More than 1,800 IBEW and CWA members throughout Northern New England have ratified tentative agreements with FairPoint Communications after three days of voting.

They will return work on Feb. 25.

IBEW and CWA leaders and members are praising the pacts as a win for working families who have manned the picket lines in sub-freezing weather this winter to hold out for a better deal.  

“This is great news for our members, their families and our communities,” said Augusta, Maine Local 2327 Business Manager Peter McLaughlin. “Our members remained united and committed to this fight for more than four months and today we have a fair deal that will bring them back to work and provide good service for our communities.”

FairPoint workers in Maine, New Hampshire and Vermont went on strike Oct. 17 after the company walked away from the bargaining table. FairPoint demanded millions in concessions, cuts to retirement benefits and the power to outsource New England jobs to low-paid, out-of-state contractors.

The four-month strike saw major delays in repair and service calls and increased wait times for customer service.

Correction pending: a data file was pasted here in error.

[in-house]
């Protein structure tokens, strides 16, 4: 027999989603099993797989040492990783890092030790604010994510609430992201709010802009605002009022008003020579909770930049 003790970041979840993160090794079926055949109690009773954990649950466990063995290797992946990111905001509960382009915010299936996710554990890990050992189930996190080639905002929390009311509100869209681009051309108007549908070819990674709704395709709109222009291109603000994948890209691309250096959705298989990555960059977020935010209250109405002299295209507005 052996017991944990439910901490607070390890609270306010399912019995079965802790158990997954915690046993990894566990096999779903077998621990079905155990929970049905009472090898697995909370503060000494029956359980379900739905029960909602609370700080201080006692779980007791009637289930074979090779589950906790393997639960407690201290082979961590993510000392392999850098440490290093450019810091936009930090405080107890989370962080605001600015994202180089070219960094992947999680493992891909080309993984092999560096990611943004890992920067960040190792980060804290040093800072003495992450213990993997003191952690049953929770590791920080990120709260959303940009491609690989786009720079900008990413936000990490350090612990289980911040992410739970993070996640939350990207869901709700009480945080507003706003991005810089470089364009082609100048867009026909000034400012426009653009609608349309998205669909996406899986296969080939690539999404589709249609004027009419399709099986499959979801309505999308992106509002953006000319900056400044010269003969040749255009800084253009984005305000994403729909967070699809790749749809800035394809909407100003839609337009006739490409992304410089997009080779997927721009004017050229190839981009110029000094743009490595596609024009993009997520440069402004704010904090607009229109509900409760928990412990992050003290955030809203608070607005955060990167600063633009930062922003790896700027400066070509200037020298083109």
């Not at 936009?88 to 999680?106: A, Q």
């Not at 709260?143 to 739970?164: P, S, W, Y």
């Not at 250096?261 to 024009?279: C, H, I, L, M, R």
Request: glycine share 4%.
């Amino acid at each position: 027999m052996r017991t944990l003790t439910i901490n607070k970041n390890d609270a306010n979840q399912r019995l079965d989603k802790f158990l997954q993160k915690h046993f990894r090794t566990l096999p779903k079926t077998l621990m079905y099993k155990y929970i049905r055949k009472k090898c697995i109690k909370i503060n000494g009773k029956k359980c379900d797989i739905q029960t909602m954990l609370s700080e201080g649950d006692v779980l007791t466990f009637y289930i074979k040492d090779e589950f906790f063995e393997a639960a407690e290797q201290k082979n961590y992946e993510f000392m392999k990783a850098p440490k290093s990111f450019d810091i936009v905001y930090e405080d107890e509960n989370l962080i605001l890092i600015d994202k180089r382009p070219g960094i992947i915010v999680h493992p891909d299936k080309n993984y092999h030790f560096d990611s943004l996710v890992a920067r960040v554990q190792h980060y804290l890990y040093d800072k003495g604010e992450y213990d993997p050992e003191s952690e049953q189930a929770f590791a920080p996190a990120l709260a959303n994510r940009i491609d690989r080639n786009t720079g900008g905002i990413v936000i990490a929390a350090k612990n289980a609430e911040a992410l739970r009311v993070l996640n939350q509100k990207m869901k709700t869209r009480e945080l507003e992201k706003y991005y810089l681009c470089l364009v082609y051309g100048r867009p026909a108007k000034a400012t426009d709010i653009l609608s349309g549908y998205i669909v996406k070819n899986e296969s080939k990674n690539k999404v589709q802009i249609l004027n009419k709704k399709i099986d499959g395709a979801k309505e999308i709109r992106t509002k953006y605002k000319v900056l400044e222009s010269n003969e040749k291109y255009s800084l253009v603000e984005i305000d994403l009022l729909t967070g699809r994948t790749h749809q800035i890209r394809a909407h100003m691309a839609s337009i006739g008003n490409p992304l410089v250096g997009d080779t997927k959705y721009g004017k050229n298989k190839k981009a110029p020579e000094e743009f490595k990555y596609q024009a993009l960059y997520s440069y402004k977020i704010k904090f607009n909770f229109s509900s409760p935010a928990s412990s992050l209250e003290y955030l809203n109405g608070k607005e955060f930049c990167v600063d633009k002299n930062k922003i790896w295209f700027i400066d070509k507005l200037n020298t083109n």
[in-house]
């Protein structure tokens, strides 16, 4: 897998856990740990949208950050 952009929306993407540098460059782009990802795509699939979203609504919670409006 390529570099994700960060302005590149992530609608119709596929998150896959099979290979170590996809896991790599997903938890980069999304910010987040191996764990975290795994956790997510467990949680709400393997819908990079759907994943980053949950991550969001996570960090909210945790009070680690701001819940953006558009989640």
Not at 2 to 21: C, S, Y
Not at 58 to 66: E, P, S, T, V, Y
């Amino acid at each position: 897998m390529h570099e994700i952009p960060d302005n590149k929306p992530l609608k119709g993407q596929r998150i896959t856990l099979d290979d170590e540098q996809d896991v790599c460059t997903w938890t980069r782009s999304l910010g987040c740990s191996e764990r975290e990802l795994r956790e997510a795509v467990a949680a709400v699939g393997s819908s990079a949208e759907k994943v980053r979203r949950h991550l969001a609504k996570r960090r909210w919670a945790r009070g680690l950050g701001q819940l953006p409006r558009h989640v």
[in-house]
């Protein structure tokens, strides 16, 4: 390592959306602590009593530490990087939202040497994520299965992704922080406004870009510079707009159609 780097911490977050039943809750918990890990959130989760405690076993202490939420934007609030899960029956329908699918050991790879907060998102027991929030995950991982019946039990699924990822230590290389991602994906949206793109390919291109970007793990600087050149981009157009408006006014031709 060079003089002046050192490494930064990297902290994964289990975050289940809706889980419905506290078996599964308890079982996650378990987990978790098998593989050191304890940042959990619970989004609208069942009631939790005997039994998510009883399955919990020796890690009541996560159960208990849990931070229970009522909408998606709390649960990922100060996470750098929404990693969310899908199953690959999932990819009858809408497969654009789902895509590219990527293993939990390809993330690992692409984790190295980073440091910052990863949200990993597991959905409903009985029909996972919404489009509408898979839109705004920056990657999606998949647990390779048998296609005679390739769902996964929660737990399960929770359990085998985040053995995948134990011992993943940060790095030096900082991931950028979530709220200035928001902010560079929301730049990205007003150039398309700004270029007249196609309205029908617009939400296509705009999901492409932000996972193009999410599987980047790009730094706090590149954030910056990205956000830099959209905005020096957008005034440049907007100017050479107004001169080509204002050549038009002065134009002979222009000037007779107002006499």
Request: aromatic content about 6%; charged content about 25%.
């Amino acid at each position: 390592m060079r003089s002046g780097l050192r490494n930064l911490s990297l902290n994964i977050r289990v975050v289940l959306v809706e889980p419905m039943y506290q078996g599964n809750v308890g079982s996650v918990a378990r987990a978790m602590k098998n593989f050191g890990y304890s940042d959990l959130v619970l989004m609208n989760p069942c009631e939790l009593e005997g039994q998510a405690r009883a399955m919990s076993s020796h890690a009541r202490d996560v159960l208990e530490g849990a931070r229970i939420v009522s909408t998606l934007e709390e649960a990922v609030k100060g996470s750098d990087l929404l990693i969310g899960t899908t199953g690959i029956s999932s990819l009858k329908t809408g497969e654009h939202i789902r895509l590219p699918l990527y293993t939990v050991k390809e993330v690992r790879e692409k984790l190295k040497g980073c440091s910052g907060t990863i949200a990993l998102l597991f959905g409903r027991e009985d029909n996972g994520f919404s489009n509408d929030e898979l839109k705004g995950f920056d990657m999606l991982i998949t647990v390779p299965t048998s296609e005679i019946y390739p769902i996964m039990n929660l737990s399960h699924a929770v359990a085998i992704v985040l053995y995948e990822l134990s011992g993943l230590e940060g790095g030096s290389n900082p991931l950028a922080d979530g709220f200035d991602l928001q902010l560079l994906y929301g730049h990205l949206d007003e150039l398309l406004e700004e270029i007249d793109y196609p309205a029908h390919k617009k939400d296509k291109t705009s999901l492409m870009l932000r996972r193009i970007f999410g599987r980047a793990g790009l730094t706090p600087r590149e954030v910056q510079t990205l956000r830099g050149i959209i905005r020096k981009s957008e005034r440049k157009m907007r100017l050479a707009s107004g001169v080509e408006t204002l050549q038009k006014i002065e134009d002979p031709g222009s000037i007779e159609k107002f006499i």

“Our communities have seen the results of outsourcing these last four months, and it has not been pretty,” said Manchester, N.H., Local 2320 Business Manager Glenn Brackett. “There’s no replacement for well-trained, skilled workers.”

FairPoint agreed to let employees participate in the IBEW/NECA Family Medical Care Plan, which brings better benefits and lower costs.

“It’s a better plan for less money,” said International Representative Bob Erickson. The agreement also protects retirement benefits for existing employees and maintains job security against possible outsourcing.

Community and labor groups gave strong support to FairPoint workers, raising more than $350,000 for a solidarity fund to help strikers.

Numerous elected officials throughout the region also spoke out in support of a fair contract.

The new contract will be in effect until Aug. 4, 2018.

“What happened at FairPoint proves that solidarity works,” said IBEW International President Edwin D. Hill. “By sticking together and refusing to surrender their commitment to their community and families, IBEW and CWA members have shown how the middle class can stand up and fight back.”